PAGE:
Film notes: 'Veterans Breakfast Club' documentary to premiere at Point Park Monday

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"The Veterans Breakfast Club," a 30-minute documentary featuring interviews with 14 World War II vets from the Pittsburgh area, will premiere at 4 p.m. Monday at Point Park University in the JVH Auditorium.

It is by Point Park photojournalism professor Christopher Rolinson, who explores the psychological trauma some veterans experience decades after the war.

The event is free. After the screening, a panel discussion will feature Robert McInerney, an associate professor of psychology at Point Park, who is also interviewed in the film, and Ed Meena, a professor of history at Point Park, and Mr. Rolinson.

Play it again, Sam

"A New York Heartbeat," which played at the Regent Square in July, is coming back to town, this time at the Oaks Theater, 310 Allegheny River Blvd., Oakmont. It will screen at 3 and 7 p.m. Sunday and 7 p.m. Wednesday. For advance tickets:

Set in 1959 Brooklyn (but filmed in Pittsburgh), the indie is an old-fashioned crime/love story following the travails of a charismatic 17-year-old who gets in over his head when he and his pals discover the gambling nest of a gangster (Eric Roberts). The Post-Gazette's Tony Norman gave it 3 1/2 stars when he reviewed it in July.

Tjardus Greidanus directed "A New York Heartbeat" from his own script and story. Since the July showing, he and producer Laura Davis signed with Echo Bridge Entertainment to distribute it in the States and overseas.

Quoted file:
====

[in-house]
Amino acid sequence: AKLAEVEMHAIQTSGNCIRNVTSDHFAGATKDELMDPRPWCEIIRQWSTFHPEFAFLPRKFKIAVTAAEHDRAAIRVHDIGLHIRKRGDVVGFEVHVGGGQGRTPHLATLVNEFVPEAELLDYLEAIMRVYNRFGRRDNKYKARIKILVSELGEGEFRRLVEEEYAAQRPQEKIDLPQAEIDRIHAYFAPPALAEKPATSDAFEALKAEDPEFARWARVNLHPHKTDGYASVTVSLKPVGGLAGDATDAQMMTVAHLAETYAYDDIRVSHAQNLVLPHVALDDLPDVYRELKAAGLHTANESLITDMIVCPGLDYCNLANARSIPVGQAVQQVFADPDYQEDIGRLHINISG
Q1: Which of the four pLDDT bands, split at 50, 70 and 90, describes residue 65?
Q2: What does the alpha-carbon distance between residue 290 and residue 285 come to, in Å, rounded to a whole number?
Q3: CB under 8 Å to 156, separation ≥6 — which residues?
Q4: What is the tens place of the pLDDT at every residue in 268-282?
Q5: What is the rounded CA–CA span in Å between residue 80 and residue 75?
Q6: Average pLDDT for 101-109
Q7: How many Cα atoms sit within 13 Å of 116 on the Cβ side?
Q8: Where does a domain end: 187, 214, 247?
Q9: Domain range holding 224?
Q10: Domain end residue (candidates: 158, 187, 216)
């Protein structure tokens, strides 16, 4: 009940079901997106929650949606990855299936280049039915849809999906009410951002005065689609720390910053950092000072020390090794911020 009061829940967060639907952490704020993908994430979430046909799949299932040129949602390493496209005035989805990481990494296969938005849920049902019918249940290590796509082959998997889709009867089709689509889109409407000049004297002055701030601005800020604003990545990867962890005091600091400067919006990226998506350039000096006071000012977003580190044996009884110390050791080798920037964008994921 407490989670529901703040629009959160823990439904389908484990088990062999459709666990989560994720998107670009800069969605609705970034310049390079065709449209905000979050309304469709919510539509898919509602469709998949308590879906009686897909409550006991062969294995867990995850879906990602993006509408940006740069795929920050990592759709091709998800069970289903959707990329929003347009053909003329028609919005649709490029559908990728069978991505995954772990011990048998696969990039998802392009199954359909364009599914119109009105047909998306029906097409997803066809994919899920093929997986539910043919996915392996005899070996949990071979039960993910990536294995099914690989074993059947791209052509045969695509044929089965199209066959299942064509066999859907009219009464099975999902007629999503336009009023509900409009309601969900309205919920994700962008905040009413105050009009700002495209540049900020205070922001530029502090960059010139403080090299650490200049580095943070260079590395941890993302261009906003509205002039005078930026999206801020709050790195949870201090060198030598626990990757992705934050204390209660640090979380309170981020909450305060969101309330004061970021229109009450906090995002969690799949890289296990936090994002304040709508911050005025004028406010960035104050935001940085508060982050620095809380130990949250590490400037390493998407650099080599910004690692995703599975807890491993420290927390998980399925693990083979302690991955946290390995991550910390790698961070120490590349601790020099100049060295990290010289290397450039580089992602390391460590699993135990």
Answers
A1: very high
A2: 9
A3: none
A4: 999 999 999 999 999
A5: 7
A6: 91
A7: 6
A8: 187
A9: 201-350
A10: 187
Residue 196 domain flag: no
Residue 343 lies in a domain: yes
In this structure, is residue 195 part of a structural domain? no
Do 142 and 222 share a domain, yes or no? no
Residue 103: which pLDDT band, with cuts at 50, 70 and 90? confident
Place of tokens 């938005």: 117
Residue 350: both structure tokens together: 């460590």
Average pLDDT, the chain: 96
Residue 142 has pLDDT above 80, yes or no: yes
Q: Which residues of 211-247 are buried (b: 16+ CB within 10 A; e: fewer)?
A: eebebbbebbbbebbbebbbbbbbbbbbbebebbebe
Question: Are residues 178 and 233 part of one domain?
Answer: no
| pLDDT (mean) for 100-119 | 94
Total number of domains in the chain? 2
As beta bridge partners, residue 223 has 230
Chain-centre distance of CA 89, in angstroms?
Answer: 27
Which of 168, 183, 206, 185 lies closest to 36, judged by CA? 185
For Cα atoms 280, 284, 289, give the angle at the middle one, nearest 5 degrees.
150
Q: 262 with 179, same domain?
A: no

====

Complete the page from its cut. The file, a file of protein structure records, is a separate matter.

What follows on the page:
Sobering anniversaries

A documentary honoring the 70th anniversary of a Jewish rebellion at the Nazi extermination camp of Sobibor will be screened Monday as part of a program at Duquesne University. It's free and will be held at Duquesne's Power Center, Forbes Avenue at Chatham Square.

The program also comes 75 years after Kristallnacht, when the Nazis staged violent pogroms -- state sanctioned anti-Jewish riots -- against the Jewish communities of Germany, Austria and the Sudetenland. The "Night of Broken Glass" refers to the broken windows of synagogues, Jewish-owned stores, community centers and homes Nov. 9-10, 1938.

Nearly five years later, Jewish prisoners held at a death camp in Sobibor, Poland, staged a successful rebellion, and two-thirds of them escaped. To quell other uprisings and reports, the Nazis buried the death camp under tons of dirt -- which ironically preserved it.

An international team of researchers, including Philip Reeder, dean of Duquesne's Bayer School of Natural and Environmental Sciences, mapped and excavated the site. The excavations uncovered artifacts of victims, including children, in their original locations along the walkways and buildings used to exterminate nearly 250,000 Jews.

He will speak at 7 p.m. Monday, with the 35-minute film "Deadly Deception at Sobibor" at 7:20 p.m.

At 8:30 p.m., Yoram Haimi, Israel Antiquities Authority regional archaeologist from Ben-Gurion University of the Negev, will provide an illustrated lecture about his attempts to understand what happened to two uncles who died in the death camp.

A reception and informal discussion will follow.

Bad Movie Night III

The ToonSeum will hold its third "Bad Movie Night" at 7 p.m. Thursday. It's withholding the title until the event but describes it as an "awful star-studded spy film/musical featuring a movie icon past his or her prime."

Patrons must be 18 or older to attend. Complimentary refreshments and popcorn will be available. Tickets, $10, include admission to the ToonSeum, 945 Liberty Ave., Downtown. Cost for members, $5.

Movie editor Barbara Vancheri: or 412-263-1632. Read her blog:

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